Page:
Store Operations Leaders from apparel, fashion, and consumer electronics retailers joined us for our third virtual coffee hour earlier this week.  During this month’s session, the conversation centered on  

  • Stores making the most out of reduced staff and traffic  
  • Continuing personalized phone or chat customer interactions 
  • Utilizing technology to communicate with store leaders and share best practices  
  • Steps the retailers are taking to keep customers and employees safe 

With reduced staff and traffic, stores are making the most out of the cards they are dealt 

90-95% of the stores within each retailer’s fleet were now open, albeit at reduced staffing levels due to local regulations as well as reductions in mall hours. The expectation is that staffing levels will increase strategically as the year goes on with regulations relaxing and mall hours extending. Major ramp ups in staffing are not expected until Q4 

As can be imagined, traffic is down but there have been some surprises (one retailer reported that a limited set of traditional low traffic stores were seeing large increases in traffic versus comp, mainly due to unofficial reseller purchases) With less shoppersassociates have been able to provide guests with more one-on-one attention. Overall, these more personalized interactions are helping some stores drive higher conversion rates and basket size, which has blunted the negative impacts of lower traffic.   

Stores have also adapted to reduced traffic by performing more merchandizing activities during business hours. This is an essential labor cost efficiency. Interestingly, instead of being turned off by operational activity, shoppers appear to enjoy seeing busy associates and sometimes take advantage of the opportunity to see that latest items that are coming on to the sales floor 

Popular services from store closures continue to be an avenue for stores to create VIP experiences for shoppers 

During the store closure period, many of the retailers utilized phone, chat, and FaceTime or WhatsApp to help shoppers purchase products from their stores. With nervousness around returning to stores, not to mention the convenience factor, shoppers are still enjoying these services. For many customers, it feels like they are getting VIP serviceThe services have helped stores increase customer loyalty and basket size.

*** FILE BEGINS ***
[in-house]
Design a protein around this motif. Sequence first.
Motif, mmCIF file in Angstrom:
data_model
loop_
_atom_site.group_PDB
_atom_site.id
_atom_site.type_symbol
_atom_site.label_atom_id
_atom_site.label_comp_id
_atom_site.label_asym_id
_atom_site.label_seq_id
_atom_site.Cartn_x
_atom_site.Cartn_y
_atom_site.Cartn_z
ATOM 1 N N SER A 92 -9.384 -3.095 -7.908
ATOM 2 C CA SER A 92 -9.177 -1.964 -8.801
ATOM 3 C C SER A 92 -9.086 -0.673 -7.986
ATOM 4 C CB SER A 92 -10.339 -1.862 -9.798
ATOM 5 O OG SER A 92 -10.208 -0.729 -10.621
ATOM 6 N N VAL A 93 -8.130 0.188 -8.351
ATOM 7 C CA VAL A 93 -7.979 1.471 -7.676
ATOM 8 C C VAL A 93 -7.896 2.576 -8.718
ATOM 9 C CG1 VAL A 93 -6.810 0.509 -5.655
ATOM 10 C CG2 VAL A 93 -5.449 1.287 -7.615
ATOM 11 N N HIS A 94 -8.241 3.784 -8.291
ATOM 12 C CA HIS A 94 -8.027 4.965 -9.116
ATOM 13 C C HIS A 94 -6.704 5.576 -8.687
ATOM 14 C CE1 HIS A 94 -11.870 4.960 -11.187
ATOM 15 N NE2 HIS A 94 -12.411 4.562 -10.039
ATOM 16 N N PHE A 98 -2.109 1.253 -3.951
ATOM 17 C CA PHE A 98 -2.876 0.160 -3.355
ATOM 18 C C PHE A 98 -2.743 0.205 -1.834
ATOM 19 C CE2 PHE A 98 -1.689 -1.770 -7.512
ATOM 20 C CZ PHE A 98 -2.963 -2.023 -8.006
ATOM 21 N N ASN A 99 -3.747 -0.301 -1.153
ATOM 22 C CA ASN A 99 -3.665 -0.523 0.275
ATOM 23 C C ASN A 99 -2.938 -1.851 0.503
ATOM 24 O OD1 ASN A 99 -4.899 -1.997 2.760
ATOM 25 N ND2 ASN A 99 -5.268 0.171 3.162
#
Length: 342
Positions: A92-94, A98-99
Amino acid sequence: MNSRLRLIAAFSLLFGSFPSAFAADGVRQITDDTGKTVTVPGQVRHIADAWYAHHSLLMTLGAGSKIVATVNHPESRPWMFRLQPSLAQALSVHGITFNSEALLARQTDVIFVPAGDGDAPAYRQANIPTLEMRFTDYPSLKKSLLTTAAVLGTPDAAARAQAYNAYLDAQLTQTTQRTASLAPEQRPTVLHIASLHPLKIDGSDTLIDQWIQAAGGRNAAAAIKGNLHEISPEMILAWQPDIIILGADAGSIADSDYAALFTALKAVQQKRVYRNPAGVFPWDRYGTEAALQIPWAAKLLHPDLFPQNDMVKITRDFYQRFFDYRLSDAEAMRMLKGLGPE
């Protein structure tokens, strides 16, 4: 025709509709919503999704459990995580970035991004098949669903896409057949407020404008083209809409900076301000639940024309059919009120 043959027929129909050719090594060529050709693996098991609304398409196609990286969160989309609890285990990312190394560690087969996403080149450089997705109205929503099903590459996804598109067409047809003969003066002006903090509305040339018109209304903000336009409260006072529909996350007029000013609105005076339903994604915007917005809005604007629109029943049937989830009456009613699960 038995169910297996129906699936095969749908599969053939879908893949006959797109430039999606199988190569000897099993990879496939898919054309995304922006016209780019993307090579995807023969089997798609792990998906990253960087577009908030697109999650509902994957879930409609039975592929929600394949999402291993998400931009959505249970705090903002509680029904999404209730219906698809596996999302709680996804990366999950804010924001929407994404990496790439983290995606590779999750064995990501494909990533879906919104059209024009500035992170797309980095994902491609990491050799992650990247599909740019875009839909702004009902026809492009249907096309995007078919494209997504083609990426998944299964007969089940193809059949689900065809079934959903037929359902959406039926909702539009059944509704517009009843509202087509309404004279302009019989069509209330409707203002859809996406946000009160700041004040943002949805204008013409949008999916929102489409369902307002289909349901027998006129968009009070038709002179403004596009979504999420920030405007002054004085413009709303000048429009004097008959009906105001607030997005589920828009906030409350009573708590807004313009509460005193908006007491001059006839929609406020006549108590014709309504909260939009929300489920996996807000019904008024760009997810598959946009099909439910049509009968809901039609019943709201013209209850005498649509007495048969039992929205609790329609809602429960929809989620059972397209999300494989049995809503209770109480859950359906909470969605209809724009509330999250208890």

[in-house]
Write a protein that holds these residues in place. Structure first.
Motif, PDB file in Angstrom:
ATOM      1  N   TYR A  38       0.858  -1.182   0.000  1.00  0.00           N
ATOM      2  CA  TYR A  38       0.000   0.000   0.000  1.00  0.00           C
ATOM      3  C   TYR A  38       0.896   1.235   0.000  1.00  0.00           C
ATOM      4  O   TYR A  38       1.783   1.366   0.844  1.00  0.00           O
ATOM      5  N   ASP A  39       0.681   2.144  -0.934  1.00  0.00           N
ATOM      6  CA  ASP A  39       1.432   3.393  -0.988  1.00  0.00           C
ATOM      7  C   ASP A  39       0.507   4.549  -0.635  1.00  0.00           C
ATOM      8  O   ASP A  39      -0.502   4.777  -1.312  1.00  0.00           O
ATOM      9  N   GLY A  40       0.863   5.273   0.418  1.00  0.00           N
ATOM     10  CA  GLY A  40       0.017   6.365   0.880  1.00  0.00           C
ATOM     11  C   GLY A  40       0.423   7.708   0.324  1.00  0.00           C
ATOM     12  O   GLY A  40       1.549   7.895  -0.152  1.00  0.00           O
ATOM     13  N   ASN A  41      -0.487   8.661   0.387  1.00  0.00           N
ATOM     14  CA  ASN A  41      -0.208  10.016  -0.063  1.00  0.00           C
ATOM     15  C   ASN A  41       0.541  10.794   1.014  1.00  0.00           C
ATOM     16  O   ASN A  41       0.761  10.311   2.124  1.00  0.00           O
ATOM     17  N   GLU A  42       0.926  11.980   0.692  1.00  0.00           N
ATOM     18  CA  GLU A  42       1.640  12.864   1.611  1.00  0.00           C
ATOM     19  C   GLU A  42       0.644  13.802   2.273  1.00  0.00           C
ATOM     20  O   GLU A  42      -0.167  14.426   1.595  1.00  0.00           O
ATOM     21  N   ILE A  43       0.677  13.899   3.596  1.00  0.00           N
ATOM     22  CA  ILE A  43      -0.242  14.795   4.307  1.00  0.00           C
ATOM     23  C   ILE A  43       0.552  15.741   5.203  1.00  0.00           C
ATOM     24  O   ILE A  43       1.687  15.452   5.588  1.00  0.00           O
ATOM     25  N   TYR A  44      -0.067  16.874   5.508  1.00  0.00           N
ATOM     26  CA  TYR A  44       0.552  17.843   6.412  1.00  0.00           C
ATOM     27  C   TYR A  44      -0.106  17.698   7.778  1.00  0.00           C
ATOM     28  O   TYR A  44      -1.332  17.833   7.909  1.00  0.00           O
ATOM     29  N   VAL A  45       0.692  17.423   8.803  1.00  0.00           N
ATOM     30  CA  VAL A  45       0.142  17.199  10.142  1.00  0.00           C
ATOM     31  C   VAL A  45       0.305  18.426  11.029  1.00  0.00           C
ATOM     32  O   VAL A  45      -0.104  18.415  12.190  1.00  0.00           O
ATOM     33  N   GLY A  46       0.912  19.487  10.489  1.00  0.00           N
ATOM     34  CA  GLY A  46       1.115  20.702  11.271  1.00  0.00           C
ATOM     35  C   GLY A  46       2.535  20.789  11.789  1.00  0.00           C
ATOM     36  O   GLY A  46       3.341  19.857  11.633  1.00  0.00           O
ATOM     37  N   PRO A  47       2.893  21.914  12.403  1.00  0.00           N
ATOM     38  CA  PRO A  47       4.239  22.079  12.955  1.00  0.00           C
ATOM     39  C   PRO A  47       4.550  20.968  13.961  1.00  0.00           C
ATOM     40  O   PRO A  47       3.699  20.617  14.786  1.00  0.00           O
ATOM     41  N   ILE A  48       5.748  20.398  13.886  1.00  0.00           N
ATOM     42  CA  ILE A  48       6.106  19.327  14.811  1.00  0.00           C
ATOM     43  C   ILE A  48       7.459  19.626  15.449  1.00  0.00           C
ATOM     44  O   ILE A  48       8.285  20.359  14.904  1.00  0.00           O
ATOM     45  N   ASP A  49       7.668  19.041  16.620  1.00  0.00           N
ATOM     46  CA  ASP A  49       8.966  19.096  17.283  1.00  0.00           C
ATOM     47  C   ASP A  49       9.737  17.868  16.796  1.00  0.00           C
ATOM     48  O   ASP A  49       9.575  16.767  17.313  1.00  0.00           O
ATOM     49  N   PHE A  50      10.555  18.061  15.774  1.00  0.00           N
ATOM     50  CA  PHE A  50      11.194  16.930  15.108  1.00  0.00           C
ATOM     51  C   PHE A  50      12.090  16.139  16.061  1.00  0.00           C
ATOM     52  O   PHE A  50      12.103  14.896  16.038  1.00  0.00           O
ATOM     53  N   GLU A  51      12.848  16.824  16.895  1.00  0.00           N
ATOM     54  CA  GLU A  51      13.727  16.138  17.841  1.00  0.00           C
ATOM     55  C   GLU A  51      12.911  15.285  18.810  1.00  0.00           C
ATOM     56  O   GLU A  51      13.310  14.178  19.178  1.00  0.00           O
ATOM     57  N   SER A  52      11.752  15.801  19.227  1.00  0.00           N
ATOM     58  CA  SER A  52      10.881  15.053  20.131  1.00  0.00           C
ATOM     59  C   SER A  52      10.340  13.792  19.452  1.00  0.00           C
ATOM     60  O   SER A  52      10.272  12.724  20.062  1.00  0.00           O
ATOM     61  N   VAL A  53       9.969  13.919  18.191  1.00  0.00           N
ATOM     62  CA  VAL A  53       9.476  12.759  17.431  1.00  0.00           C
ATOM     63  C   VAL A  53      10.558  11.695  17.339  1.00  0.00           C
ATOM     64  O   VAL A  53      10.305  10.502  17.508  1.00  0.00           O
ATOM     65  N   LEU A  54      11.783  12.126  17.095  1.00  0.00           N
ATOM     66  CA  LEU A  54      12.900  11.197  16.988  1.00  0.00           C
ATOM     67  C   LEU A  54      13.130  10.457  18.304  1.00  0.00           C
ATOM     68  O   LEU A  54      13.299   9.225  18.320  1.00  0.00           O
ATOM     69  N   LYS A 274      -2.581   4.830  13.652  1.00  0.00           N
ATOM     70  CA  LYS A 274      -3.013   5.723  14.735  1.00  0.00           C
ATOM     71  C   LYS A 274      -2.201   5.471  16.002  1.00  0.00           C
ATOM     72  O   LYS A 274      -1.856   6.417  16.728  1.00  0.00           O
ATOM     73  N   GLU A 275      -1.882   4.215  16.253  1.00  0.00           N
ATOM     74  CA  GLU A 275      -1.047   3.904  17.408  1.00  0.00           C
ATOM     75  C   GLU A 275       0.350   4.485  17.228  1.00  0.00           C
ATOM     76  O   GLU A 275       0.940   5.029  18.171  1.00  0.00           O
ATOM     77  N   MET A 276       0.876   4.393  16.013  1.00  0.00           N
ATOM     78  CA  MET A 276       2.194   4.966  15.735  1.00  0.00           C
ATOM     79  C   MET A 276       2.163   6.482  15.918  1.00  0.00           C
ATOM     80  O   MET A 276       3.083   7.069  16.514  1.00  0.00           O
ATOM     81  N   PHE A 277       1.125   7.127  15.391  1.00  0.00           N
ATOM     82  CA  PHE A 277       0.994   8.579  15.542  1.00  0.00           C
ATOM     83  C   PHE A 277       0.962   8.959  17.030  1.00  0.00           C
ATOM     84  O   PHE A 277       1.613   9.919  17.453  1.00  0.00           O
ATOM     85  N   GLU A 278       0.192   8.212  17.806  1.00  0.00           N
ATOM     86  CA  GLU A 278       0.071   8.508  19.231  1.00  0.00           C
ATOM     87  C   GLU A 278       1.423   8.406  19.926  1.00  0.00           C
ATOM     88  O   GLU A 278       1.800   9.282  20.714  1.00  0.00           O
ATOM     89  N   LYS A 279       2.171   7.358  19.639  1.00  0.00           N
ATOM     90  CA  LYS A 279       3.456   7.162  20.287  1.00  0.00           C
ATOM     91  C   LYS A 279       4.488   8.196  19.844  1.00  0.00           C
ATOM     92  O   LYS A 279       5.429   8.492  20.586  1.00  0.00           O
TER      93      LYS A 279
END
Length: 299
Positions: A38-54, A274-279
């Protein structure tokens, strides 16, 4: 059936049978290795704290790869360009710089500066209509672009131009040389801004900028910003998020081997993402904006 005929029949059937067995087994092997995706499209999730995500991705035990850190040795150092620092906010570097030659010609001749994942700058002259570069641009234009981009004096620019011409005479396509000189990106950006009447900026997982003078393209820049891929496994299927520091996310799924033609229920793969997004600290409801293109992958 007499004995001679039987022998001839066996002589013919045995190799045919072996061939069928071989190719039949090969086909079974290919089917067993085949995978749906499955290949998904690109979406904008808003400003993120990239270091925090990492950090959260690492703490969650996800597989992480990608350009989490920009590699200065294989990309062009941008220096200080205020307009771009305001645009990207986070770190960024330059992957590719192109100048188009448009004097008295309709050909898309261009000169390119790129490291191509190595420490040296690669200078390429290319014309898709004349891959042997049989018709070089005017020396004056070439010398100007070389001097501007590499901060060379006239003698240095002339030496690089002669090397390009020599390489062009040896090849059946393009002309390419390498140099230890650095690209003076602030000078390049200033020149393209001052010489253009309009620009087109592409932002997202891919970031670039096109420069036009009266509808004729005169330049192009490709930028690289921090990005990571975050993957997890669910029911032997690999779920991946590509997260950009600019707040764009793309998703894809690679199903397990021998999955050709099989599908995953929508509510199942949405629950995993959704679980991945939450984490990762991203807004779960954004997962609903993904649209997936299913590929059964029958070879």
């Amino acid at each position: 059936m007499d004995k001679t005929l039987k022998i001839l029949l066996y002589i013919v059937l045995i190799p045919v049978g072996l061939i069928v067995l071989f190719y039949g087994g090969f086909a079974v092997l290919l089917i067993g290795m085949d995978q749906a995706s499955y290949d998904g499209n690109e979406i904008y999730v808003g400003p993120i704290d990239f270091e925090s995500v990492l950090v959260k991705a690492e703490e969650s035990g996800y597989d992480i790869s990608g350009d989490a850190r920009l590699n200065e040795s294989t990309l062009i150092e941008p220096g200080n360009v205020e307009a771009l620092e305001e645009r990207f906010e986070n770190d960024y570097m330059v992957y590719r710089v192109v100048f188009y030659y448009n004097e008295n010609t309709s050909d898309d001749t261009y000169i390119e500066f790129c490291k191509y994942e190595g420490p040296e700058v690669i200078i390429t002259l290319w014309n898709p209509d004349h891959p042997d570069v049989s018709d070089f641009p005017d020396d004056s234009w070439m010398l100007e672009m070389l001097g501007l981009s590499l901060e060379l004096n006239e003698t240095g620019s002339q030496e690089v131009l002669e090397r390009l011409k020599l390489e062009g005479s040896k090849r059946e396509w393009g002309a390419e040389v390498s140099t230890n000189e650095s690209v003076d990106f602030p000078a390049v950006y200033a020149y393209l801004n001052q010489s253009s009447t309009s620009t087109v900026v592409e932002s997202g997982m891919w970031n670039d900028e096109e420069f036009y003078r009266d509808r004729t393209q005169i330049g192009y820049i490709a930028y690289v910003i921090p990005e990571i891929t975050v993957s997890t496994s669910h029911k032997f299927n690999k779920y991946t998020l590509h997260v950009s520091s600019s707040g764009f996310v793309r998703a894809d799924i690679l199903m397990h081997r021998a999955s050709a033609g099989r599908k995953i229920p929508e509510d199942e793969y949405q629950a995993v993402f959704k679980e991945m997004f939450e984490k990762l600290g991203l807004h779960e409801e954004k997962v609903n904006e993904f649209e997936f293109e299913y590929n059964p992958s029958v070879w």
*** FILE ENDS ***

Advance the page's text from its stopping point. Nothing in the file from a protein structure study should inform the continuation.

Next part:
Technology has helped store and field leaders stay connected and share best practices 

The leaders on the call are also utilizing technology to stay connected with their store leaders and are driving change within their organizations. With plane travel completely off the table, the leaders are using tools like Teams and Google Hangouts to conduct virtual store visits or quick checks to ensure each store is being compliant on safety protocols. In addition to the visits, the leaders are using webinars and chat to share best practices amongst their store leaders. The results have been encouraging, helping to spread the adoption of these practices where in the past there had been a good deal of resistance, especially from senior managementThe leaders on the call all expect that this will be how field leadership will operate going forward, COVID or no COVID. 

Keeping associates and customers safe  

Listening to employee concerns, the retailers on the call were proactive in implementing safety measures, such as masks and gloves, as part of their re-opening plans. All of the leaders on the call were requiring masks for employees and shoppers, even providing disposable masks to shoppers as they enter the store. Associates have appreciated the measures, and many have realized that they could still do their job comfortably in a mask.  

In addition to requiring masks, many markets outside the US are requiring temperature checks before shoppers can enter a store. In some Asian markets, shoppers need to scan a QR code to help with social tracing efforts.  

Store leaders rising to the challenge 

With necessity being the mother of all inventions, store leaders are certainly rising to the challenge of running brick-and-mortar fleets in an extremely fractured retail landscapeThe results are creating safer shopping environments, better connected teams, and the opportunity to create more personalized interactions than ever before.  

Over the past months we have hosted several networking sessions and webinars for retailers to think through how to prepare for the new retail environment. You can watch the recordings and read the recap blogs from each of these sessions on our Retailer Perspective page.